However, with any model there is opportunity for error. stated by Mark Boyce during a provincial review of grizzly bear management in BC there is a high uncertainty in regards to the way that BC is monitoring and predicting bear populations. Findings that illustrate the six percent population removal rate mark have been exceeded regularly, contributing to population decline in certain bear populations. Since, this article focus on trophy hunting lets ask ourselves what implications does hunting in general play in grizzly bear management. Currently, the province has designated a 2 percent harvest estimate, this means that up to 2 percent of the population may be taken by hunters, this includes resident and guide outfitters. One issue that has been studied is the effect of specific cohort selection by hunters, this simply means that hunters are targeting a specific subset of the population: mature males. By removing mature males from the population there has been a noted increase in immigrant males, Immigrant males move into areas traditionally held by mature males, these immigrant males will kill cubs if they happen to find them. Because of this, female grizzlies have been observed to avoid these areas, even in cases with extremely high nutrient loads, this has resulted in reduced reproductive rates for female Grizzlies in some cases. Reductions in reproductive rates can have significant population effects over time as bears are a slow reproduces, the study and effects of mature male removal and the subsequent increase of immigrant males and their impact on reproductive rates is an area that requires further investigation as there has been conflicting findings. Although hunters will target mature males, often first bear spotted is harvested, since grizzly seasons are present in both spring and fall we can run in to problems with female bears being harvested when cubs are no longer present in fall. It is estimated that female harvest rates have been exceeded in numerous cases, this has powerful effects on population health in both the short and long term. One potential solution to this is to restrict the grizzly hunt to spring only, this would likely eliminate most cases of mistaken sex and reduce the amount of females taken. This is a topic worth discussing in my opinion as high female mortality is something that can not be tolerated. Although hunter caused mortality is apparent in populations, the undeniable and accepted main concern regarding grizzly bear conservation is that of appropriate habitat management. As, human populations increase and new resource opportunities present themselves ecosystem management will play an even larger role. While even removing a few bears from a population can have dramatic impacts, hunting can be a sustainable practice when regulated based on proper population dynamics, Grizzly bears must be managed at the population level as each population is distinct in its range and habitat requirements. The backlash that trophy hunting and hunting in general receives from special interest and public groups is often based on subjective and moral grounds, seldom helpful when managing wildlife populations.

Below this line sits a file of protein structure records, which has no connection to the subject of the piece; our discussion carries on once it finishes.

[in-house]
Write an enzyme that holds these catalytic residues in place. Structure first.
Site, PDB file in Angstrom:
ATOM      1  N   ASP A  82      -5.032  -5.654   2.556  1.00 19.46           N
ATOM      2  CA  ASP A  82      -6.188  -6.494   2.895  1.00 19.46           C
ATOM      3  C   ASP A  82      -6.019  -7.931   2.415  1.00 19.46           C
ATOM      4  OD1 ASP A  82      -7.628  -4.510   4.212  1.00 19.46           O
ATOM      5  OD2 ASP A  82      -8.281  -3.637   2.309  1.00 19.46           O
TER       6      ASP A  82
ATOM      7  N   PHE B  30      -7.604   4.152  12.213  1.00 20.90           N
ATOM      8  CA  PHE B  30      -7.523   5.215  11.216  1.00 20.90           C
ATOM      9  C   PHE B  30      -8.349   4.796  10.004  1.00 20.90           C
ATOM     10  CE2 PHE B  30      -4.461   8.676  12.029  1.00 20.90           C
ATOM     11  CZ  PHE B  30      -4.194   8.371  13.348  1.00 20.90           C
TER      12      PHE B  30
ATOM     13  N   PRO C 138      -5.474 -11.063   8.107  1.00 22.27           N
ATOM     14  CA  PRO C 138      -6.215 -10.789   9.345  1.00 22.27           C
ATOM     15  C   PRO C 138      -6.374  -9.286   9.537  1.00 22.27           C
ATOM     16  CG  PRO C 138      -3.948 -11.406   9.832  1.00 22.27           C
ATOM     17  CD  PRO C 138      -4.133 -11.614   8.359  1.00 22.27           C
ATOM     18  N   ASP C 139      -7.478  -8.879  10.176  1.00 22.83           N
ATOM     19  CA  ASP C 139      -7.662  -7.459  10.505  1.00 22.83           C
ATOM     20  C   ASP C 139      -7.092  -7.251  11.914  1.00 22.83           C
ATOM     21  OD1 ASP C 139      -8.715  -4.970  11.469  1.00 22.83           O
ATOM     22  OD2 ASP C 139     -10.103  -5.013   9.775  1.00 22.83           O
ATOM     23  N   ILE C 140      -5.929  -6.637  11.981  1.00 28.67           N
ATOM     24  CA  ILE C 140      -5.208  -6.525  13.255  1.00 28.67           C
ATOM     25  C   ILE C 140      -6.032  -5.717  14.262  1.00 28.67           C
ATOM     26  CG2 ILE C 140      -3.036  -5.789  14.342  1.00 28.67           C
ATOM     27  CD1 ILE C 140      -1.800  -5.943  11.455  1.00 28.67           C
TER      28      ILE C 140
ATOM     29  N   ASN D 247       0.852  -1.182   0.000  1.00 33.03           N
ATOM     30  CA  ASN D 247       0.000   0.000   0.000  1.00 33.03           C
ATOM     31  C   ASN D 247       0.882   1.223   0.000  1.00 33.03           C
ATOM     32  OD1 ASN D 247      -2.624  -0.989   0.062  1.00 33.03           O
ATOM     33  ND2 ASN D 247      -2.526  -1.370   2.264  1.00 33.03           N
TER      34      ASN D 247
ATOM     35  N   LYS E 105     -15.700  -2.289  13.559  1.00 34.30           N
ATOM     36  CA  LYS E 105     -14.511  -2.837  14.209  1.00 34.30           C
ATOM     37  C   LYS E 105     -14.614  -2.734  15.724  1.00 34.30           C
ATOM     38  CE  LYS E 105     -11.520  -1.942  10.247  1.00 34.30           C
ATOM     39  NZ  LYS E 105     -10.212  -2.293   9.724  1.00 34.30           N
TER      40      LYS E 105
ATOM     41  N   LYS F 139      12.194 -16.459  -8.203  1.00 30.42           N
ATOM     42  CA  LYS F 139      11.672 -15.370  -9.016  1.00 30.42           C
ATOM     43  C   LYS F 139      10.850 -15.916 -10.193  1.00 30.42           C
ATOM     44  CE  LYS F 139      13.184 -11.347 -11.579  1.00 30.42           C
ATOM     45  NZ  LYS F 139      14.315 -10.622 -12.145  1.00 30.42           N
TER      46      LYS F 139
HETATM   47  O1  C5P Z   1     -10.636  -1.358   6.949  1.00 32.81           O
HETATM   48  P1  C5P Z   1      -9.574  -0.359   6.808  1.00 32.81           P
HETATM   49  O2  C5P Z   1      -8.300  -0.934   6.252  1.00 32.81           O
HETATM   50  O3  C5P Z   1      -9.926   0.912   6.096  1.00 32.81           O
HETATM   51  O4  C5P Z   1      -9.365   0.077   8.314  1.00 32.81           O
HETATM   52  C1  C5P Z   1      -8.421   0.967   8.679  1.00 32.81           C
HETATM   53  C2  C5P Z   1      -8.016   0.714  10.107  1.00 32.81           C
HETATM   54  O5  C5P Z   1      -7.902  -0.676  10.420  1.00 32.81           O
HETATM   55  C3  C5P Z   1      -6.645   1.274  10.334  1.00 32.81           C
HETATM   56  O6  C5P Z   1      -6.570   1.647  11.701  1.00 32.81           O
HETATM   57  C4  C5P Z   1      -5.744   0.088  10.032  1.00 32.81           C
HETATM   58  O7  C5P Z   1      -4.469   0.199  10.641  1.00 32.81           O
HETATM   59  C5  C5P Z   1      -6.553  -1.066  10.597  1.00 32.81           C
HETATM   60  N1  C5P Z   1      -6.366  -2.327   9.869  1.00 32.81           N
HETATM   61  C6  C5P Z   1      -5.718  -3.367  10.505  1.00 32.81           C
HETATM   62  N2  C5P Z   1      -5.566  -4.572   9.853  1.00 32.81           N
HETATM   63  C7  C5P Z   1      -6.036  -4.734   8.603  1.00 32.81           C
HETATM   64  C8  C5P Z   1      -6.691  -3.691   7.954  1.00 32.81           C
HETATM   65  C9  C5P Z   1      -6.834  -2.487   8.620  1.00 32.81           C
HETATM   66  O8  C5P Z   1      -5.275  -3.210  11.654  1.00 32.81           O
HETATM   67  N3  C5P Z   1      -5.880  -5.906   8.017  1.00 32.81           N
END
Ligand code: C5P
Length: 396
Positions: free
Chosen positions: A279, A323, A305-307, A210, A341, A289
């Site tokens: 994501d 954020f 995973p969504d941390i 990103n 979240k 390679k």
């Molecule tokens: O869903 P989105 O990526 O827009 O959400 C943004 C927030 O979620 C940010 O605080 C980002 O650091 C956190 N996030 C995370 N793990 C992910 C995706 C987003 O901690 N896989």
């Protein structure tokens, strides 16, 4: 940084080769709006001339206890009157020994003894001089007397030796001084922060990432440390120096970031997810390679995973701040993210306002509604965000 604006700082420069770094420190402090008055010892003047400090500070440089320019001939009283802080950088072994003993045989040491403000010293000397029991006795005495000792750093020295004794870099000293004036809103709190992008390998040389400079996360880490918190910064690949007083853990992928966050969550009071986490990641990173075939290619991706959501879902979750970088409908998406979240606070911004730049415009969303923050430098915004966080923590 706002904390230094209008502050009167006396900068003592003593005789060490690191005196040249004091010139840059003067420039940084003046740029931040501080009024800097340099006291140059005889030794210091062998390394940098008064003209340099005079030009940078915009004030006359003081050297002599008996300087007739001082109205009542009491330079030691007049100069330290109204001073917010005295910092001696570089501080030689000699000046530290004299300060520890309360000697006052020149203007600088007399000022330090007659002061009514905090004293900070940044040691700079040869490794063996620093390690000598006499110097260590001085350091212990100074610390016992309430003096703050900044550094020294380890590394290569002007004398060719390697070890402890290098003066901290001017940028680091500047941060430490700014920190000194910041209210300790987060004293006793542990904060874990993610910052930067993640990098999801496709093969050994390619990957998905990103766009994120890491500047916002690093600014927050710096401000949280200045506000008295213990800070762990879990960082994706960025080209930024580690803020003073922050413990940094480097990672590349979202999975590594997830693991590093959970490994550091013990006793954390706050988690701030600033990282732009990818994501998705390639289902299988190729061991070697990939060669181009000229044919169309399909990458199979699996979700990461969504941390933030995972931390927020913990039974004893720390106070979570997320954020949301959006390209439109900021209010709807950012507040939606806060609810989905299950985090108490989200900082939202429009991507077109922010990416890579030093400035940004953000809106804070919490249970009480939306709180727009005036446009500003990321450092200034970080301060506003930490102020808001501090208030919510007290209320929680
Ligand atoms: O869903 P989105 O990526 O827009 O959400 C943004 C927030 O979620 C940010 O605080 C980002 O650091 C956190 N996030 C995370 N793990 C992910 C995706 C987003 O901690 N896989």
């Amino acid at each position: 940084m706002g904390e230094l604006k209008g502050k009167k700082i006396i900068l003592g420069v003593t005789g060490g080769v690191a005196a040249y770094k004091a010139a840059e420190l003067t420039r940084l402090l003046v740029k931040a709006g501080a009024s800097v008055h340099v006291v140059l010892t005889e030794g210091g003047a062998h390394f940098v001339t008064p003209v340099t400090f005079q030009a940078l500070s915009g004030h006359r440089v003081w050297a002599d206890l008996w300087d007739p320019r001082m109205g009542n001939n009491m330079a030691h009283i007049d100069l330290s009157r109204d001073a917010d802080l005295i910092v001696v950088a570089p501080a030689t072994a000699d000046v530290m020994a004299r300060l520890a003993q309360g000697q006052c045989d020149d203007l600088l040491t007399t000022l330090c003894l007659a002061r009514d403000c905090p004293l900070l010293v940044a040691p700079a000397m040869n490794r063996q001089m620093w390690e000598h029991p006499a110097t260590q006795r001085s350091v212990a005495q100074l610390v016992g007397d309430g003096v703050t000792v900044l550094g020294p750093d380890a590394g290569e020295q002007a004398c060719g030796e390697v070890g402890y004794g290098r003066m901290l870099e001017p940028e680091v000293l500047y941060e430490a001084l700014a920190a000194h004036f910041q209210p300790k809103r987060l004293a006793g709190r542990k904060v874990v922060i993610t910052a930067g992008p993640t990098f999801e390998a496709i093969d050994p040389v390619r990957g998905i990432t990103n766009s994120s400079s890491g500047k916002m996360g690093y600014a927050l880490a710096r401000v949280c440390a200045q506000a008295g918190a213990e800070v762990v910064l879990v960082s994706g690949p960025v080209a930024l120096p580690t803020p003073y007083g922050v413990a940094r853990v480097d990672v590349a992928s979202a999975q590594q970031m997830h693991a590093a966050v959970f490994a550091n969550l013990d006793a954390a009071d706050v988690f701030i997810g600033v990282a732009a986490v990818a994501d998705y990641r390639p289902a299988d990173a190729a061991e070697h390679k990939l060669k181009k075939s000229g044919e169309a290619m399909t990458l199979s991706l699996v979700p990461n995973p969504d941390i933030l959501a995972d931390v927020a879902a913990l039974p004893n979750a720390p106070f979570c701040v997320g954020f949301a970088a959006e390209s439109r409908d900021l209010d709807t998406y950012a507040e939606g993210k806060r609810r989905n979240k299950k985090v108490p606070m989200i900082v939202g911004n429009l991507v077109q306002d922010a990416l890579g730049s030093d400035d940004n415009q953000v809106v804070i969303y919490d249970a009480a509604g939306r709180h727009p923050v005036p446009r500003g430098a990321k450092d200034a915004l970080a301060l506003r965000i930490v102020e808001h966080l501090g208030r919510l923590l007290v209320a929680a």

- "Scientific management of wildlife requires confronting the complexities of natural and social systems. Uncertainty poses a central problem. Whereas the importance of considering uncertainty has been widely discussed, studies of the effects of unaddressed uncertainty on real management systems have been rare. We examined the effects of outcome uncertainty and components of biological uncertainty on hunt management performance, illustrated with grizzly bears (Ursus arctos horribilis) in British Columbia, Canada. We found that both forms of uncertainty can have serious impacts on management performance. Outcome uncertainty alone – discrepancy between expected and realized mortality levels – led to excess mortality in 19% of cases (population-years) examined. Accounting for uncertainty around estimated biological parameters (i.e., biological uncertainty) revealed that excess mortality might have occurred in up to 70% of cases. We offer a general method for identifying targets for exploited species that incorporates uncertainty and maintains the probability of exceeding mortality limits below specified thresholds. Setting targets in our focal system using this method at thresholds of 25% and 5% probability of overmortality would require average target mortality reductions of 47% and 81%, respectively. Application of our transparent and generalizable framework to this or other systems could improve management performance in the presence of uncertainty.” - Kyle Artelle